Humberto: It’s going to be a transformative place that will raise the aesthetic bar for the rest of the city. It’s interesting, because this drive to value what’s ours had to come from a foreigner.
F: São Paulo is self-destructive and bipolar. It’s on tranquillizers one day and crack the next. Before it was all knickers and briefs on billboards—Wim Wenders even captured that in a photo essay once. The only political act towards the aesthetic improvement of the city was the 2007 ban on billboards, which visually cleaned the place up.
“ That’s the value of the experience of occupation: the challenge of transformation.”
Matarazzo is itself a history of layers. In the exhibition Made by... Feito por brasileiros, in 2014, you occupied one of the spaces with your installation Interfaces, which was one of the highlights for many visitors. How was the collective experience for you?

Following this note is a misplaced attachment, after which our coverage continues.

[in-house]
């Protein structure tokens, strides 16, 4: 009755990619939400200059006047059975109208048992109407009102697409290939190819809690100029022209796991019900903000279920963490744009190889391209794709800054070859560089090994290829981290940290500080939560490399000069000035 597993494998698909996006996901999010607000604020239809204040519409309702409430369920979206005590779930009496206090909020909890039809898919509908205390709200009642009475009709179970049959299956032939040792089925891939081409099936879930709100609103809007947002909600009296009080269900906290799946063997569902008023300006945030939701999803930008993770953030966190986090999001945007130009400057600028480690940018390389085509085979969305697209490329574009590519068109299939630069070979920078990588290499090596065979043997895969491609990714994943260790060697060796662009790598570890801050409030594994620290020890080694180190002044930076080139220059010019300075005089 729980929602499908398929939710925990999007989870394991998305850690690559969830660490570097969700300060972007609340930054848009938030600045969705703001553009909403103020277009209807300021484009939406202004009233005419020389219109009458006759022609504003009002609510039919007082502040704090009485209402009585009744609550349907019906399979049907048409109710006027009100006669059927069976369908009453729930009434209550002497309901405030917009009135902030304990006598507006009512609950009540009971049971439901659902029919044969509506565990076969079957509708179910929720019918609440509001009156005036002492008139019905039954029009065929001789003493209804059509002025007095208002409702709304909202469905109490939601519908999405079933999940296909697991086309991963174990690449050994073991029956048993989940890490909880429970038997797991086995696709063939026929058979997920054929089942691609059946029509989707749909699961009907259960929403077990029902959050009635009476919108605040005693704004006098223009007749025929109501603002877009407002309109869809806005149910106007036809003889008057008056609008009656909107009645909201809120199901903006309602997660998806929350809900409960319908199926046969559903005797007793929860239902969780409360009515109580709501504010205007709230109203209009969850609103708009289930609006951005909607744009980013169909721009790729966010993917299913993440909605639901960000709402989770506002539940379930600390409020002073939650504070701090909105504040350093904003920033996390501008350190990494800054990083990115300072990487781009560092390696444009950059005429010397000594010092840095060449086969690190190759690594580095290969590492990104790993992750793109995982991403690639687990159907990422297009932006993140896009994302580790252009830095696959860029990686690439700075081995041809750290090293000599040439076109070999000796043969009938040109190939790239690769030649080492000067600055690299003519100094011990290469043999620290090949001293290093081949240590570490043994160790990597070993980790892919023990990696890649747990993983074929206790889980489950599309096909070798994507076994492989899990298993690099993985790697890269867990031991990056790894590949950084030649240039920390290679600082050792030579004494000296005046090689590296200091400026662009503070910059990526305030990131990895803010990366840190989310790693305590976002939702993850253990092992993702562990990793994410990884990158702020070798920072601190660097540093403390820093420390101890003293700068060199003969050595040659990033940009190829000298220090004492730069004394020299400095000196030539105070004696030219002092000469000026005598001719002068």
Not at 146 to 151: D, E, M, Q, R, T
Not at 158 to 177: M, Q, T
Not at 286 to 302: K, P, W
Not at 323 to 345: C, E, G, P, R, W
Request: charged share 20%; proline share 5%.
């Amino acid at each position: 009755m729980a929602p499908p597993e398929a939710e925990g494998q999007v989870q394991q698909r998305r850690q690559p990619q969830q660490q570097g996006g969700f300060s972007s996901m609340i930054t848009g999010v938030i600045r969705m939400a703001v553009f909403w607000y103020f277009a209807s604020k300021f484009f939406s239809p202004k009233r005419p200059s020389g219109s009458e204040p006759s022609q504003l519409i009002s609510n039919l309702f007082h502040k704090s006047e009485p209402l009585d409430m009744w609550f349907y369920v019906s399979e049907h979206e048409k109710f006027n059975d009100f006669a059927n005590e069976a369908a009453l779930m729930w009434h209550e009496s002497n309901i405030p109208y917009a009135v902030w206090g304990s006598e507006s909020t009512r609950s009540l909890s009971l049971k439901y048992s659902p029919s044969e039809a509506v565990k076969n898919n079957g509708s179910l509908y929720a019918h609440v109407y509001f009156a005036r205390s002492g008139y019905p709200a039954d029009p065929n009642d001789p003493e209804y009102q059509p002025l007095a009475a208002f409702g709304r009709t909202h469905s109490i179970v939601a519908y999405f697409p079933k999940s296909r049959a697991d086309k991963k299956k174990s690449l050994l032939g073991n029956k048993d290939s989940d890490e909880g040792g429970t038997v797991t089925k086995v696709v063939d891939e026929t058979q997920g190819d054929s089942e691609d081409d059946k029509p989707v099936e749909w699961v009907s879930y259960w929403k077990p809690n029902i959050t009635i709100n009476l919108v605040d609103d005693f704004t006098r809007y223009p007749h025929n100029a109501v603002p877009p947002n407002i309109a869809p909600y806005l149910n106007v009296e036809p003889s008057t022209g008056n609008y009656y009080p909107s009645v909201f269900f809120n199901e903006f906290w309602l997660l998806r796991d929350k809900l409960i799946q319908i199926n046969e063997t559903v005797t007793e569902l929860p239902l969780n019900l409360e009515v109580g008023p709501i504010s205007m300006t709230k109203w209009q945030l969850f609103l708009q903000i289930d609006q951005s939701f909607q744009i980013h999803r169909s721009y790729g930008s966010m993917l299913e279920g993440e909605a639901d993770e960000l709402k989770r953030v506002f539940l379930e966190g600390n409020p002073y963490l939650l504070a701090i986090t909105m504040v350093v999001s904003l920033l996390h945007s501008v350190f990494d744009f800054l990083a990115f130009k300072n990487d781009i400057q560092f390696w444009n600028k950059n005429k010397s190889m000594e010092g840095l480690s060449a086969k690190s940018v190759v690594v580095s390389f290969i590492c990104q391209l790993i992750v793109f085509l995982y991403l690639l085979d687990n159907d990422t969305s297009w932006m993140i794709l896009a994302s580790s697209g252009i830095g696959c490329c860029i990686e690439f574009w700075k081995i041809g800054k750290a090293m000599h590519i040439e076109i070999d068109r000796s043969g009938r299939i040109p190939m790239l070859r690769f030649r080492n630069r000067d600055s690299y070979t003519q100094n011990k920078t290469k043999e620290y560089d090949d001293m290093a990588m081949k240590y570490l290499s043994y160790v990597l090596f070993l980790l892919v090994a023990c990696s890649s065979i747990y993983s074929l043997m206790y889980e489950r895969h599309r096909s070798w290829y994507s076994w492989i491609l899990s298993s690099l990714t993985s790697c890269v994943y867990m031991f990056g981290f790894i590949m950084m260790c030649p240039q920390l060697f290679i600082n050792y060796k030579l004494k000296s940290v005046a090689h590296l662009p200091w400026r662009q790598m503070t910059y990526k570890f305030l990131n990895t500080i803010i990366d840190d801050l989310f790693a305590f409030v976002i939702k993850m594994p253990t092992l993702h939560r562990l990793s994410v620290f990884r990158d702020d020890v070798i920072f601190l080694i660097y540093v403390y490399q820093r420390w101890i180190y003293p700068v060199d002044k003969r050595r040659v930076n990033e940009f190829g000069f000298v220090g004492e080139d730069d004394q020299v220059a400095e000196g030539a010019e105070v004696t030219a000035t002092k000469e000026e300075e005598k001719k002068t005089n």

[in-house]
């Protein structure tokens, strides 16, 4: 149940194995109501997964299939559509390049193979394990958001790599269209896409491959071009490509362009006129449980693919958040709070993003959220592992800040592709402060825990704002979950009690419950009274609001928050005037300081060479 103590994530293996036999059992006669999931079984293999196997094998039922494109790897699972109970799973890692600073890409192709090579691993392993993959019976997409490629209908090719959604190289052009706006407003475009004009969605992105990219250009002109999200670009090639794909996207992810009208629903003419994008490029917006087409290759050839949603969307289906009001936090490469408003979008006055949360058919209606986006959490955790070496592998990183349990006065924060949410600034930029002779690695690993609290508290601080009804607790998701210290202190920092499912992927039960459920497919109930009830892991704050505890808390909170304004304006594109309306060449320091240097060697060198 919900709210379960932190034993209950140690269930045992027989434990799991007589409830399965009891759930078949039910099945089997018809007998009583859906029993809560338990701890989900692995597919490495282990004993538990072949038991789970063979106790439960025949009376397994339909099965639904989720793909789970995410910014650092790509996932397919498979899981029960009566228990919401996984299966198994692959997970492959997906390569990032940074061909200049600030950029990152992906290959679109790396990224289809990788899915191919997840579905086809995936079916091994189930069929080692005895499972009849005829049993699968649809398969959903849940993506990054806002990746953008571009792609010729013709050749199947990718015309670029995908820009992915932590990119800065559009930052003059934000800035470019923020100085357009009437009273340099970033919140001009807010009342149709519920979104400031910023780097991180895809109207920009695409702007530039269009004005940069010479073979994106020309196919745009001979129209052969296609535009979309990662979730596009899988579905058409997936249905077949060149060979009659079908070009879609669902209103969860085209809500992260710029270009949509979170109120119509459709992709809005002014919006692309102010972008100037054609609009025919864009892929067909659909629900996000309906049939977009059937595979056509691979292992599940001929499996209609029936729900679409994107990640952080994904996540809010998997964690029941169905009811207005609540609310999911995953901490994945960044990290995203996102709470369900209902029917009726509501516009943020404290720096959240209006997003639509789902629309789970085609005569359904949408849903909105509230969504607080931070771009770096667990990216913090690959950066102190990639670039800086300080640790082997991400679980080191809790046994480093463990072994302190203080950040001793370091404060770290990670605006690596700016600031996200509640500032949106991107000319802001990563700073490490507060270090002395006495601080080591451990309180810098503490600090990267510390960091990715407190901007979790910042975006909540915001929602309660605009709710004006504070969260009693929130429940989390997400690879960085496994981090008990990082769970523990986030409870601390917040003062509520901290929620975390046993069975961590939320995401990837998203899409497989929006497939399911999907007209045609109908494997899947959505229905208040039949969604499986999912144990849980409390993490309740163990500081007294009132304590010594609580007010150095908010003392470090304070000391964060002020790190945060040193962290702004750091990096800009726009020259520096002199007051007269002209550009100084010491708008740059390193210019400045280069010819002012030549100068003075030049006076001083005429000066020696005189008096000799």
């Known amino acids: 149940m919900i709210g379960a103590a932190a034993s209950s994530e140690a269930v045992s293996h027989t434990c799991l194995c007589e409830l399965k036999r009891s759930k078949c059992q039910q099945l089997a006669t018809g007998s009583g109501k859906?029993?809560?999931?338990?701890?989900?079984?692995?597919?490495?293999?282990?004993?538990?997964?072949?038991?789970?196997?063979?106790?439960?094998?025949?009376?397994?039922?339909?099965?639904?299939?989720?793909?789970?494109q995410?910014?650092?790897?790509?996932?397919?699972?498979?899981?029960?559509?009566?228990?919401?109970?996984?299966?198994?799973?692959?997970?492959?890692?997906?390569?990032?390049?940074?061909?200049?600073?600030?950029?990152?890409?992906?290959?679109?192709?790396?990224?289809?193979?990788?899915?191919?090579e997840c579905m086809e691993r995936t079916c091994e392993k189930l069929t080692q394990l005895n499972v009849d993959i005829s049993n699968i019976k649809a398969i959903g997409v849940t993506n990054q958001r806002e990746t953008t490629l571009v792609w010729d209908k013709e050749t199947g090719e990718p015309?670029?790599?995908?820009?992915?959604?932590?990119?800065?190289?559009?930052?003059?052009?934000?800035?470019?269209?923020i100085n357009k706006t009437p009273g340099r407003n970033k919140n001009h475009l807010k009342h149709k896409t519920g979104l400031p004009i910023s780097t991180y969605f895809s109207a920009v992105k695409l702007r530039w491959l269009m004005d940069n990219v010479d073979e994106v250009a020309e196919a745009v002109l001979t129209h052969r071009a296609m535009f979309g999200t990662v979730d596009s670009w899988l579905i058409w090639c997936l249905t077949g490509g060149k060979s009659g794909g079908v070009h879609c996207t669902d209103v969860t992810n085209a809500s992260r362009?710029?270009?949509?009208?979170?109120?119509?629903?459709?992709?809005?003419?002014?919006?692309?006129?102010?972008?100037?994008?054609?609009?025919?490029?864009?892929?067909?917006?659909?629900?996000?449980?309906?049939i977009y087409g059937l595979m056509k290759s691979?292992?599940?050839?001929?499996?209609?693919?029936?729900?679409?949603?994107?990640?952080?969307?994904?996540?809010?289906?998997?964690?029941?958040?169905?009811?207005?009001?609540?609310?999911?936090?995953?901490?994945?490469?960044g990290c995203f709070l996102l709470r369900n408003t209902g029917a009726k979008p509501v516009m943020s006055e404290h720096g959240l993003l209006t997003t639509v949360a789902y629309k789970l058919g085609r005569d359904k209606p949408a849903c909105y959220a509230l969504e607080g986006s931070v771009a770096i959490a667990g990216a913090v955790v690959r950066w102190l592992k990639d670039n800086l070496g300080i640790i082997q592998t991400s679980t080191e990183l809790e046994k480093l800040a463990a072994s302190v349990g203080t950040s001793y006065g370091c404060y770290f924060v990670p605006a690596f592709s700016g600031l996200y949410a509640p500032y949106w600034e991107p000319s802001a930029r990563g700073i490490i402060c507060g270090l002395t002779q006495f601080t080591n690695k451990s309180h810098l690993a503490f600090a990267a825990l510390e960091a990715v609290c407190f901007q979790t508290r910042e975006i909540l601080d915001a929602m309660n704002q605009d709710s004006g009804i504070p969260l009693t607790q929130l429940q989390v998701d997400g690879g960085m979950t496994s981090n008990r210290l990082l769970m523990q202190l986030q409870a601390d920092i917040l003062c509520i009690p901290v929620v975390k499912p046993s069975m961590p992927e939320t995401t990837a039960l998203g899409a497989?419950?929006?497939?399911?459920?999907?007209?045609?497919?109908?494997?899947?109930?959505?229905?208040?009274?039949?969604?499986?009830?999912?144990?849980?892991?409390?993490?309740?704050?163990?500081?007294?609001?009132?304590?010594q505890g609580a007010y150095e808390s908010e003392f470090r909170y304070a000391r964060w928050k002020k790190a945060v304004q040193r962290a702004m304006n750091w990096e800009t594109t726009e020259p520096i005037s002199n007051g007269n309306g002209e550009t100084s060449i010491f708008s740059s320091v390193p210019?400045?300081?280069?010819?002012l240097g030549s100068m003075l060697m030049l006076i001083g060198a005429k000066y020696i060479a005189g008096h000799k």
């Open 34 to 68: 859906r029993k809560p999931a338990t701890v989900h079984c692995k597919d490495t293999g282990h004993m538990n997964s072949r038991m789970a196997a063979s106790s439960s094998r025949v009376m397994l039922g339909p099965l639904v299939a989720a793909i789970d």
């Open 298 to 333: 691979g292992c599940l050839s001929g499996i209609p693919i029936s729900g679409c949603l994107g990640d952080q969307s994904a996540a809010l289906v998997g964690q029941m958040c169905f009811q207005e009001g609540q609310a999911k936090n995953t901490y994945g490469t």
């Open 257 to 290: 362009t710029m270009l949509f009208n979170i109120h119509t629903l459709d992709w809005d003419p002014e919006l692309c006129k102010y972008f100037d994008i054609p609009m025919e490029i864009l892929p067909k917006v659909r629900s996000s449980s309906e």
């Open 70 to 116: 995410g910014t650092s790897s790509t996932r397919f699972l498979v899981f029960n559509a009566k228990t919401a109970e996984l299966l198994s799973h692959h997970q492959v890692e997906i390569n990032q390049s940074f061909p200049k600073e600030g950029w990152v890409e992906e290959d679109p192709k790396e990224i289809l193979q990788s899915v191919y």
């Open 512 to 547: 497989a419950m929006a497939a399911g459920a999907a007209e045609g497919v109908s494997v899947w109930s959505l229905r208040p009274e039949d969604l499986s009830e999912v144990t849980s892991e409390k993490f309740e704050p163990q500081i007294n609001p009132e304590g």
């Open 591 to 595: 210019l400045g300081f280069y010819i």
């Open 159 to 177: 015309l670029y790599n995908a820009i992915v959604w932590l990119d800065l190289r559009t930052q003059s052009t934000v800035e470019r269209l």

Initially, the work stemmed from the immersion I did at Inhotim. Bernardo Paz very generously allowed me to experiment there. A erwards, in a chat with Alexandre Allard, I told him what I’d done and he invited me to take part in the show in São Paulo. When I saw the space allocated to me, I must confess I felt a mix of surprise and disappointment. The other rooms in the hospital were beautiful, and mine was this hidden corner with shiny black marble! It was everything but inspiring! But that’s the value of the experience of occupation: the challenge of transformation. So, I thought, as a doctor and an artist, that I’d try to “cure” that hospital, all decrepit and sick, with my elixir of art and nature through a new version of Interfaces, inspired by what I’d done at Inhotim. It was as if this “elixir” I was “instilling” with my images in that earthen hole in the middle of my room beneath that hospital was going to seep through the walls and into the tissues, curing the place through the magic of transformation, as a sort of metaphorical blessing for Alexandre Allard’s beautiful project, which will breathe fresh life into it, transforming it into a space of creativity. The images were projected onto the walls, onto mirrors, and flu ering fabrics, creating a visual and sensorial experience of immersion in this dream of an interface between Man, Art, and Nature. It was as if the art of those images, the beauty of the movements and colors were cleansing the old hospital.